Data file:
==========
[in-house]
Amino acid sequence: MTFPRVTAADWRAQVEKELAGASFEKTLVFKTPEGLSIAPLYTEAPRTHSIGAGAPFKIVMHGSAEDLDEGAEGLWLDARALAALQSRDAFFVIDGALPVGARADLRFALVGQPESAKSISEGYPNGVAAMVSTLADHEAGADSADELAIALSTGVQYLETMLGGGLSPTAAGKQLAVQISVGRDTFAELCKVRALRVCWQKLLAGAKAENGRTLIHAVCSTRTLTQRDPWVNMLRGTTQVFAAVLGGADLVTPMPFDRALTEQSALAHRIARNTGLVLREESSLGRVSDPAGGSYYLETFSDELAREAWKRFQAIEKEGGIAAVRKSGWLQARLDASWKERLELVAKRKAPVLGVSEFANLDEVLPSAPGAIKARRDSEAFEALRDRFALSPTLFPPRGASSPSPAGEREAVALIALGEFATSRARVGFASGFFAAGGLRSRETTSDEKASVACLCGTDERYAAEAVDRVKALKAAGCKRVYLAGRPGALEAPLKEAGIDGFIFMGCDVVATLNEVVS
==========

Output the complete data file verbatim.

[in-house]
Amino acid sequence: MTFPRVTAADWRAQVEKELAGASFEKTLVFKTPEGLSIAPLYTEAPRTHSIGAGAPFKIVMHGSAEDLDEGAEGLWLDARALAALQSRDAFFVIDGALPVGARADLRFALVGQPESAKSISEGYPNGVAAMVSTLADHEAGADSADELAIALSTGVQYLETMLGGGLSPTAAGKQLAVQISVGRDTFAELCKVRALRVCWQKLLAGAKAENGRTLIHAVCSTRTLTQRDPWVNMLRGTTQVFAAVLGGADLVTPMPFDRALTEQSALAHRIARNTGLVLREESSLGRVSDPAGGSYYLETFSDELAREAWKRFQAIEKEGGIAAVRKSGWLQARLDASWKERLELVAKRKAPVLGVSEFANLDEVLPSAPGAIKARRDSEAFEALRDRFALSPTLFPPRGASSPSPAGEREAVALIALGEFATSRARVGFASGFFAAGGLRSRETTSDEKASVACLCGTDERYAAEAVDRVKALKAAGCKRVYLAGRPGALEAPLKEAGIDGFIFMGCDVVATLNEVVS